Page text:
January 17, 2003
Breaktime: Arthur Shapiro Talking butterflies and politics
|Professor of entomology, evolution and ecology and eccentricity Art Shapiro eyes a butterfly specimen in his lab. The longtime faculty member is in his 26th year of hosting his annual butterflies-for-beer contest.
Its what Im supposed to do. I couldve been good at being a bum if I wanted, but I ended up in research. As a child I was fascinated with butterflies. You see, my parents had a bad marriage, so I spent a lot of time outdoors exploring. And I found butterflies.
My graduate student Matt Forister and I found that 70 percent of 23 low-altitude butterfly species are emerging into their first flights earlier now than they were 30 years ago. This seems related to temperature and possibly global warming. Were hoping to publish our results soon.
One was J.H. Powells Bring Out Your Dead, a history of the yellow fever that struck Philadelphia in 1793. In our times, its interesting to understand how an epidemic can bring about a social breakdown. The other book was E.H. Carrs What Is History? It describes how history is intellectually similar to evolutionary biology as a discipline.
Im a registered Republican and always have been. No, I dont donate to them. When somebody accuses me of being a pinko or Commie, its helpful to note my political registration. It throws them off balance. Also, in primary elections I like to vote against any Republican candidates who walk with their knuckles scraping the ground.
Id roll back what the White House is doing in international relations and in the environment. Id delete from history the "Axis of Evil" speech.
I dress the way I do because I believe in the supremacy of content over display. Im also more comfortable. But if anyone wants to know my political beliefs, they can just read Isaiah Berlin, an Oxford political philosopher.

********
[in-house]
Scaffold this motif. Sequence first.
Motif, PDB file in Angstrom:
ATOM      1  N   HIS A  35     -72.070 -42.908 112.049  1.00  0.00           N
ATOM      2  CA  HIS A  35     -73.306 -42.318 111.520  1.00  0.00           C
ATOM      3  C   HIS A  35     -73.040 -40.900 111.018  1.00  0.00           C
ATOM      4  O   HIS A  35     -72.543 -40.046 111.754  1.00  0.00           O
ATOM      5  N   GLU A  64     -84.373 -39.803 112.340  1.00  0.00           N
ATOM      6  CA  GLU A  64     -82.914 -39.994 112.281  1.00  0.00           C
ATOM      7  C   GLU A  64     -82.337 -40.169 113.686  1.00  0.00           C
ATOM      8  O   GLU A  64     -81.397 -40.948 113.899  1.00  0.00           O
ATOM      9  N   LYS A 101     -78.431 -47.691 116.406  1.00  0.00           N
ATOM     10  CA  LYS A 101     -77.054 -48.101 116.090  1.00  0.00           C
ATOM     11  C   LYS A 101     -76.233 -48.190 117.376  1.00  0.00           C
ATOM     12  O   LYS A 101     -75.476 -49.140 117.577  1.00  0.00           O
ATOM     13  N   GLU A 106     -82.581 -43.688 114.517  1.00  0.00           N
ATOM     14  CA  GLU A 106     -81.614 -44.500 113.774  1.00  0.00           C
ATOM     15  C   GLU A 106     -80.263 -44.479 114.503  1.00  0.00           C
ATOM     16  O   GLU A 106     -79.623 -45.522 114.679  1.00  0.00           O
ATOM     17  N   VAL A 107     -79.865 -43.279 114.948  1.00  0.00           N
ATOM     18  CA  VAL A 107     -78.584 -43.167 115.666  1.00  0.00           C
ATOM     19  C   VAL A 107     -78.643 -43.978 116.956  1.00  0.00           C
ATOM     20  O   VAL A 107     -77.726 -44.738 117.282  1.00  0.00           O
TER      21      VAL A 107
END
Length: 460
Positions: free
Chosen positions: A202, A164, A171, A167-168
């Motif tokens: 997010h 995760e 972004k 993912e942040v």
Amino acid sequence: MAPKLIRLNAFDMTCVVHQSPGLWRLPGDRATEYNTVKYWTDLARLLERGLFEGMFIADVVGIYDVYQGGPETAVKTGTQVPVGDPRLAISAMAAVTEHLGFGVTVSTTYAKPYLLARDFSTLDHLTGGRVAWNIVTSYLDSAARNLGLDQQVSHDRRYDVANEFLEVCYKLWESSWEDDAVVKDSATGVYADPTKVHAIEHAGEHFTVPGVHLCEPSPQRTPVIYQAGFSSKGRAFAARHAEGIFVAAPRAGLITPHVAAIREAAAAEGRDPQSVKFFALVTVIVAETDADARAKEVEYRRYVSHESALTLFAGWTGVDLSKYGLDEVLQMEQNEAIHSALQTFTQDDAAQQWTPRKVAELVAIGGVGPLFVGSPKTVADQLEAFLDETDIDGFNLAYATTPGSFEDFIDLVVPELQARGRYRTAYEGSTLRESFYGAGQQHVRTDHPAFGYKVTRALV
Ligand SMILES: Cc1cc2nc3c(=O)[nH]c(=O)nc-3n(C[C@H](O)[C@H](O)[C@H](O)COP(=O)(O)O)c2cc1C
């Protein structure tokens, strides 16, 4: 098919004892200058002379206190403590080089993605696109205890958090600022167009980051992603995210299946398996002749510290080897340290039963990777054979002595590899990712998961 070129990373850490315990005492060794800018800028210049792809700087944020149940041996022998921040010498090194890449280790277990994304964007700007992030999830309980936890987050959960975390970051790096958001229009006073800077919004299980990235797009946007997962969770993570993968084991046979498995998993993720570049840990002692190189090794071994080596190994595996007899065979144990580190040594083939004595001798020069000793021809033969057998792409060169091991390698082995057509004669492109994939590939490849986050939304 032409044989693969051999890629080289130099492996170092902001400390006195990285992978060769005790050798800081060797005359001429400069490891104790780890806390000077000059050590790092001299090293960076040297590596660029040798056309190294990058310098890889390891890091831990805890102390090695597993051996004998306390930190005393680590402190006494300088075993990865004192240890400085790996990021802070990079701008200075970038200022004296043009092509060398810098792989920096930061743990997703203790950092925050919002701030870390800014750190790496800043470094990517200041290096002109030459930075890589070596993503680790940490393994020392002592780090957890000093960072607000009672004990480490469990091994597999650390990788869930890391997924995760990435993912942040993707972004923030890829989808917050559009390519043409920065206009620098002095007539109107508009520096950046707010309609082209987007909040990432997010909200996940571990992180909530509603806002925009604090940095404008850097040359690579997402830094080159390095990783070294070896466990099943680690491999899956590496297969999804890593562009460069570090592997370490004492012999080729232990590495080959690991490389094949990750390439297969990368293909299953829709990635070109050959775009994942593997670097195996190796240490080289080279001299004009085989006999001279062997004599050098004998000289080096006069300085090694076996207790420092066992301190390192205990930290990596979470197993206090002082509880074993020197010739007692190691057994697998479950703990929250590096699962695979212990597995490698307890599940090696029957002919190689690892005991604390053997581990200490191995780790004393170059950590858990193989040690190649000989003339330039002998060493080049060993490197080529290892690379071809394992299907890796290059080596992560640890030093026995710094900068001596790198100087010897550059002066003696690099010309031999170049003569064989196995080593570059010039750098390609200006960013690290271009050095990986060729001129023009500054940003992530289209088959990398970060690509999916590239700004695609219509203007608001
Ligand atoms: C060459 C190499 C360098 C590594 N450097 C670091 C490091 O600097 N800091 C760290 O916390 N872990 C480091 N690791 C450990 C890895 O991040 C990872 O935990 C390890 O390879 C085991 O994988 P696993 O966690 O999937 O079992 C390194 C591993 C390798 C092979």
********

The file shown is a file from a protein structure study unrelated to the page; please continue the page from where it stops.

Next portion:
Otherwise, Im pretty well domesticated with a wife Ive been married to since 1969 and two teenage children. I walk to work on campus as I live only a few blocks away.
Once I had a colleague shout from his lab bench as I was returning from a trip with my butterfly net, "Arthur, are they still paying you to collect butterflies?" Doing the field work is the most fun.
Dealing with administrative follies like automatic flush toilets. Theyre dumb and expensive.
Im worried about the cultural illiteracy of students. Some of the most educated students I meet on the UC Davis campus are from overseas.
We need to do a better job with educating our young people about the world they live in and all its different cultures, places and people. Its called responsible citizenship.
Once I had a student ask, What century did Stalin live in?
Not only the United States but the world could all too easily be driven to catastrophe by the combination of ignorance, arrogance and greed in high places and the apathy and willingness of the citizenry to be led. These are very scary times.
Well, I know a few hoboes, and the hoboes are complaining that the younger generation of hoboes is going to pot.
The old ones are saying you cant trust the young ones, that they do drugs, steal and so on. Same thing every generation says about the one coming up. Thats the kind of world we live in where the hoboes think the young ones are dragging it all down.